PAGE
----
By Avadhoot Potnis, Chair of Academics, South Asia Executive Board
India is the land of organized, orchestrated chaos. Its multifarious angles, inherent contradictions, and a penchant for bypassing the establishment in the name of ‘Jugaad’ make the ever-present even more bolder.
In this context, for a proper functioning society, a sound and coherent legal system are imperative. Although, most of the problems which we see in our daily lives are caused by a misapplication of law, rather than by the absurdity of law themselves.
But, due to some artifacts of our colonial past, and some mind-boggling reasoning of our very efficient legislature, their vigor and enthusiasm (or perhaps the lack of it), we are left with some very absurd laws.
Their absurdity lies in the fact that they are extremely disconnected to reality; they profess things which are either of an era gone by or are completely preposterous. Our hardworking and young parliament still continues to see some value in having them, and we are no one to question their infallible judgment.
All we can do is glance at these gem of laws and try to understand or perhaps laugh at the face of such absurdity.
For the longest period of time, attempting to commit suicide could land you in jail. Section 309 of the Indian Penal Code (IPC) criminalized attempts to suicide and made it punishable. So that if you fail, you have another reason to kill yourself. However, now, the section is effectively overturned by the Mental Health Care Bill. The government is also in process of deleting this section from the IPC.
There is no uniform legal drinking age in India. Since alcohol, and matters relating to it thereof come under the state governments, each state has its own drinking age, which varies from 18 in Goa to 25 in Maharashtra. Effectively, you can get married before you can legally enjoy a drink in public (let that sink in!) Adding to the confusion, is the fact that the legal age for hard liquor like whiskey, vodka etc is different from beverages like beer and wine. (Go figure!)
Section 377 of the IPC makes consensual sex between two people of the same sex illegal. The provision also criminalizes consensual sexual acts like fellatio. This has been one of the most widely debated laws in public spheres, in recent times. However, after the recent judgment by the Supreme Court of India on Privacy, it is widely speculated that the days of this archaic law are nearing its end.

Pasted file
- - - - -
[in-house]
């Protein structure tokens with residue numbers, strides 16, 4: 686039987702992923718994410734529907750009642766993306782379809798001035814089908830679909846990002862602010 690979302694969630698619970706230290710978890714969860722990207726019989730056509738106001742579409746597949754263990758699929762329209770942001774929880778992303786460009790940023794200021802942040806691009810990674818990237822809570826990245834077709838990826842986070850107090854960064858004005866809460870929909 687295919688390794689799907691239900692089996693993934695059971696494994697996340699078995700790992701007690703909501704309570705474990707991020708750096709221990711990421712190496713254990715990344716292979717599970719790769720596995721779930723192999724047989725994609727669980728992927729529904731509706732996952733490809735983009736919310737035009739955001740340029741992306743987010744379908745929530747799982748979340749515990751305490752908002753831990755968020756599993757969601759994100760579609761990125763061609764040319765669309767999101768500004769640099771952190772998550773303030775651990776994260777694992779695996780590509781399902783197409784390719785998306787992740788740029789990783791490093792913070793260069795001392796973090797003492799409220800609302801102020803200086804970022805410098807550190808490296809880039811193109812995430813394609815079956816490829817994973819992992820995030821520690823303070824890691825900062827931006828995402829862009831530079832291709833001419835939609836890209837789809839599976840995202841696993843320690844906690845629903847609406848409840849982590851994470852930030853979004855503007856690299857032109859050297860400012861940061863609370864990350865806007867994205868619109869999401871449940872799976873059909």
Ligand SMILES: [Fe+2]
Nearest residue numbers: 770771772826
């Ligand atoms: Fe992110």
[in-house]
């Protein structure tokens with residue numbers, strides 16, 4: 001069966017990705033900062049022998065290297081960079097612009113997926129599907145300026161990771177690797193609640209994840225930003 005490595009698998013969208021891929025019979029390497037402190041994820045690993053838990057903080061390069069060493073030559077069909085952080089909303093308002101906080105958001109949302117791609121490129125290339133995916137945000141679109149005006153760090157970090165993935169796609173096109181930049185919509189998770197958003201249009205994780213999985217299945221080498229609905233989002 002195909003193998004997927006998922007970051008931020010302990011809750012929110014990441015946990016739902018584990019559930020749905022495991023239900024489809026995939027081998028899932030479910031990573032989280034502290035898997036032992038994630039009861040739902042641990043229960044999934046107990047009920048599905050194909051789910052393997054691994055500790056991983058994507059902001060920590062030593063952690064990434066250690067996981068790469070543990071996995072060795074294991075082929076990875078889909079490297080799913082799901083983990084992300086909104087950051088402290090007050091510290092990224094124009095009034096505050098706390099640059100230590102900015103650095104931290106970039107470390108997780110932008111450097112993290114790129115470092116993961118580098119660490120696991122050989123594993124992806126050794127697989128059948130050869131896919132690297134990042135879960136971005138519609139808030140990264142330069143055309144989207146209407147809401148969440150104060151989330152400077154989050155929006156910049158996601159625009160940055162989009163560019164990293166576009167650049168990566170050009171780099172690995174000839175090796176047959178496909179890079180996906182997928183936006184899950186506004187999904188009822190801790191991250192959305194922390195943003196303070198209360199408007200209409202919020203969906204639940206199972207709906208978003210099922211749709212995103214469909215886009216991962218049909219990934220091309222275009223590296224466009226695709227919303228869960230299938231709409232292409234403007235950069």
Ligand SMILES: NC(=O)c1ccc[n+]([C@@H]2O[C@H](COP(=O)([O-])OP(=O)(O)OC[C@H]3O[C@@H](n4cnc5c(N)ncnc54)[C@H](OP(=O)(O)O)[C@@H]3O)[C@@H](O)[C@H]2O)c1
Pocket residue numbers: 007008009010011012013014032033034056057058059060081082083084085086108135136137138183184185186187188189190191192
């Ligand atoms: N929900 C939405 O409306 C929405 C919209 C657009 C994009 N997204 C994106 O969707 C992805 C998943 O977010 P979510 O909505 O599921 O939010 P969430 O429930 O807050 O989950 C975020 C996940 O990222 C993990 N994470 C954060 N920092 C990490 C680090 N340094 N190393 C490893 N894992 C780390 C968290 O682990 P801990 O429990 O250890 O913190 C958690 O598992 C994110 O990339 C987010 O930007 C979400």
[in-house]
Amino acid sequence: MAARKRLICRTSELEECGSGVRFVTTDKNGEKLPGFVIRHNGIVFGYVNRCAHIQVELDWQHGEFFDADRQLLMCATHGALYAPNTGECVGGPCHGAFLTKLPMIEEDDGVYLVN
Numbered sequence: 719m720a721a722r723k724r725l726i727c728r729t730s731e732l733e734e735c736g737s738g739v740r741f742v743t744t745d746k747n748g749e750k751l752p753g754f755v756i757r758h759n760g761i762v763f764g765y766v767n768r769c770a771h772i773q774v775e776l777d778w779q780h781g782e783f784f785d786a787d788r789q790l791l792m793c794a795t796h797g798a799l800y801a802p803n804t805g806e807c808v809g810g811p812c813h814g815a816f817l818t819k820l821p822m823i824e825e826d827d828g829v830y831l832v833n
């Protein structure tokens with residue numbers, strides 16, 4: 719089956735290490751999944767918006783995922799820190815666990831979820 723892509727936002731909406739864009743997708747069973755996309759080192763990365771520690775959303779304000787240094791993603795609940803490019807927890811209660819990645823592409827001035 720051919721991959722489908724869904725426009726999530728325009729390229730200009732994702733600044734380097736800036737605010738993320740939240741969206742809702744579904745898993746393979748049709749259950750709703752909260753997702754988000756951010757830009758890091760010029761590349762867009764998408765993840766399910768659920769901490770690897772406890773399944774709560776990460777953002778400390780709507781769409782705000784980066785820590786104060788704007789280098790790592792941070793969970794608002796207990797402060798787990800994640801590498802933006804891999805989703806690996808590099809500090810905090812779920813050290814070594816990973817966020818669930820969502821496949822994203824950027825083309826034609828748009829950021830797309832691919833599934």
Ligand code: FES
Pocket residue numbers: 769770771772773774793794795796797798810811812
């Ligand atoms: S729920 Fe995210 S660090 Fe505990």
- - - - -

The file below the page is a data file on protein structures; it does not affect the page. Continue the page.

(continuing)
A woman in India cannot be punished for adultery. Even if she initiated the sexual act and/or consented to it, she will not be held liable. But the man she engaged with will be, even when both have equally contributed towards the act of adultery. We are still about a decade away from recognizing women as human beings who are sexually active, and can make sexual choices for themselves. (maybe even a century?)
Till date, the Indian Post Office maintains a legal monopoly on all posts. Private courier services exist, but they bypass the law by calling their posts as ‘documents’.
According to The Aircraft Act of 1934, kites and balloons come under the definition of Aircraft. So legally, you need a license to fly kites and negligent flying of kites could lead to criminal prosecution.
If you live in Delhi, under the 1949 East Punjab Agricultural Pests, Diseases and Noxious Weeds Act, any man who is above the age of 14 and considered fit, can be ordered by the government to fight locusts. The act goes further, he can be summoned by just beating drums, and nonperformance of this obligation will be a contravention of the law.
All the 7 laws mentioned before these are downright stupid but are in some way or the other, non-functional. People have found a way around them and these do not affect people directly in their day to day life. However, the most absurd law is something which is taking a toll on our citizen’s life and liberty. This little act is called AFSPA – Armed Forces Special Powers Act.
Under this act, authorities can detain a person without any trial, or due process, for any amount of time, just on a mere suspicion. A person detained under AFSPA has no right to any legal remedy, nor is there any provision for compensation for wrongful detainment.
Lastly, authorities can use deadly force, main or even kill a person if he is suspected to be in contravention of the law. It is widely abused in areas where it is applicable. It’s unjust and absurd on the face of it, but downright draconian in practice.